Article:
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April 23rd 2014 10:28 am

Will we ever see cheaper phones?

OnePlus finally took the covers off their One phone (I don't get the name either) and it's pretty impressive. It has the specs to stand against some of the top flagships out there and comes in at $300, which is about half the price of major flagships. The two potential downsides are the battery is not removable, and it only has 16GB of storage with no microSD slot. However for only $50 more you can get 64GB of storage instead.

The phone will be available stateside, as well as Europe and Asia, which begs the question: Can it disrupt the current pricing model of cellphones?

Google has been trying to do this, to some extent, with the Nexus line up. Motorola also tried this with the Moto G, as well as other cheaper manufacturers like BLU. The problem though is these devices are rarely sold through carriers. T-Mobile carries the Nexus 5, but it's also $50 more than buying it through Google's Play Store.

I think there is also a trust issue here with these companies. Does anyone want to, or know, of companies like BLU? What about OnePlus?

If cheaper flagship phones are to come to the market, what do you think needs to happen? Do we just need a greater influx of devices from Chinese manufacturers like ZTE, OnePlus and Huawei? Do you think we'd ever see a $300-350 Galaxy S5 or HTC One M8?

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The carriers in the US are still a strong-hold, meaning that not many phones are popular unless they are sold through a national US carrier (Nexus 5 being an exception although Google never tells us hard numbers regarding how much were sold). Chinese phone manufacturers will try to strike deals with these carriers but I think the big bucks from the likes of Samsung, Apple, and even LG and HTC, will prevent them from entering the US market in a big way.

Another issue could be that those big phone manufacturers I just mentioned above could lobby for the US to start "investigating" and filing baseless claims that China is out to spy in the US through these Chinese phone manufacturers which will slow the progress they are trying to achieve.
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This is something I find ridiculously crazy. You can buy a tablet, which pretty much uses the exact same components that our cell phones use, but they are hundreds of dollars cheaper and have no subsidies associated with them. You can't tell me that the cellular radio chip is that expensive.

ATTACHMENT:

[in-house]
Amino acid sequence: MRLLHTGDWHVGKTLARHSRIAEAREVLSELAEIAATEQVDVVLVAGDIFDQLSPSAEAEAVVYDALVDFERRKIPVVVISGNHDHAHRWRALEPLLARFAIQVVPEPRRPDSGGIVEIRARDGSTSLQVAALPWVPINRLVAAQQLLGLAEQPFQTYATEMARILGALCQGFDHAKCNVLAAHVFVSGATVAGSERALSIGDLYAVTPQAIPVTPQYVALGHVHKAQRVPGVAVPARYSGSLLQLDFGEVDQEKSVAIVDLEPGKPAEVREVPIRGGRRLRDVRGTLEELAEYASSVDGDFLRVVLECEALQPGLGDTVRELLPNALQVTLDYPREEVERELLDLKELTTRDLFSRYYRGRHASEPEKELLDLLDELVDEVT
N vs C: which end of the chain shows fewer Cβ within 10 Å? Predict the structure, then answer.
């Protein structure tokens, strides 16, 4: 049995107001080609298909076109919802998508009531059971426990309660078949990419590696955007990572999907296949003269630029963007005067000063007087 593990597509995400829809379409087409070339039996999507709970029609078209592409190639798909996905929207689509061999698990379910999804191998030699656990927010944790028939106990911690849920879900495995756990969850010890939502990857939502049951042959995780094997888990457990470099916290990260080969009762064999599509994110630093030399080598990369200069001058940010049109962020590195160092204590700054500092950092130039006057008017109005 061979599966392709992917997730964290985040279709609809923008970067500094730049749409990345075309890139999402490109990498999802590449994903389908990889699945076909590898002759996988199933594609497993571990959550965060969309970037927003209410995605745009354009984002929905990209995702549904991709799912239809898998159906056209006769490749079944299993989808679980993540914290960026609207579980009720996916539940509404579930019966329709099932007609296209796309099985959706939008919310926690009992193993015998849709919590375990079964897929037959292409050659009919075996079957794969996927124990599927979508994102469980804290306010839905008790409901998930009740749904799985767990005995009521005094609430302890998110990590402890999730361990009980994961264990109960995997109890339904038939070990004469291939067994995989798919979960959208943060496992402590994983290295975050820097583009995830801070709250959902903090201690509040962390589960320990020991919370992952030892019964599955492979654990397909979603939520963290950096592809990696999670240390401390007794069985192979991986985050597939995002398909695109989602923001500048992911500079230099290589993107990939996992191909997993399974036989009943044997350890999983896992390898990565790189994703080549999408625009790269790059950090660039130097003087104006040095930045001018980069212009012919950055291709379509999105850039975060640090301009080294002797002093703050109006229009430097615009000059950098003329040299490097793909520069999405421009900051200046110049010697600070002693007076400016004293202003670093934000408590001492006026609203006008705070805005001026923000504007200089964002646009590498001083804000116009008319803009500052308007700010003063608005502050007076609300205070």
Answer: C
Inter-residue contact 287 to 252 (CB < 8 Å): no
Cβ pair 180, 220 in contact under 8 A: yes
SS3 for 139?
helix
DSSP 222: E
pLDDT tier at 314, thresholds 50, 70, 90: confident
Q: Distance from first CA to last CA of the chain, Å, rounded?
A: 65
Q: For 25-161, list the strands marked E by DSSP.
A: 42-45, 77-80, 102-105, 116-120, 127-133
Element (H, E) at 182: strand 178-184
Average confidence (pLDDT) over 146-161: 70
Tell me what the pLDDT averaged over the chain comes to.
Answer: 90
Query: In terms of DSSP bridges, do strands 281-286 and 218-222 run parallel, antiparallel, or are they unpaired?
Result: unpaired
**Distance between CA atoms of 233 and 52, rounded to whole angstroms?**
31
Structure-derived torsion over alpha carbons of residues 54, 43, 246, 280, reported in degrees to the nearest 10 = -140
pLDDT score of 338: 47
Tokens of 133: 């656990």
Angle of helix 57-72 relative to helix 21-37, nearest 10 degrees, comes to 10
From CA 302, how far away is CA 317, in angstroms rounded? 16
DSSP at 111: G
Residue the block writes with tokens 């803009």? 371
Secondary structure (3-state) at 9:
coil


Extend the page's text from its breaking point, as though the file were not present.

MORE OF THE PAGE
(The Qualcomm’s MDM6600, which was the radio chip used in the iPhone 4S apparently costs $32: www.aliexpress.com­/qualcomm­-mdm6600­_price.html).

And even when they use the same components (e.g., 4G iPads and Nexus tablets), they are still cheaper than a phone with equivalent specs. It's downright crazy. There's definitely some weird sort of artificial price inflation that's happening here.
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Don't they have to pay a per-device licensing fee in addition to the cost of the hardware to use those radios? Plus, don't forget that the marketing budget for the device is rolled into the per-unit cost. Not to mention the cost of paying a whole department of salaries for people to do the certification process for each carrier. I would wager that the incidentals contribute way more to the cost than the actual hardware.
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It doesn't change the fact that tablets which see just as much money spent on exposure cost HALF the price of phones. I can understand the One or Lumia 1020 being more expensive due to the camera tech involved, so the R&D costs may be higher.
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To the majority of people looking to buy a smartphone they can get an iPhone 5S for $200 from their carrier. Then they see an unsubsidized phone for $300 and think that is expensive because they are not aware of the retail price of their phone. Just this past weekend I showed a coworker the "real" price of the iPhone he wanted and he was shocked that it was $700 instead of $200. This is the battle that will need to be won do get phone prices down; the subsidized market of phones purchased through US carriers.
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I think that the value of mobile phones has been artificially inflated and held up. The easy money has been made, stock has soared, now it's time for commoditization and market reality to establish a more rational price structure. $300 is the new $600.
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The top phones in the market definitely have a thing or two on my Nexus 5, but nothing that would squeeze more than another $100 out of me. $500 phones are examples of conspicuous consumption.
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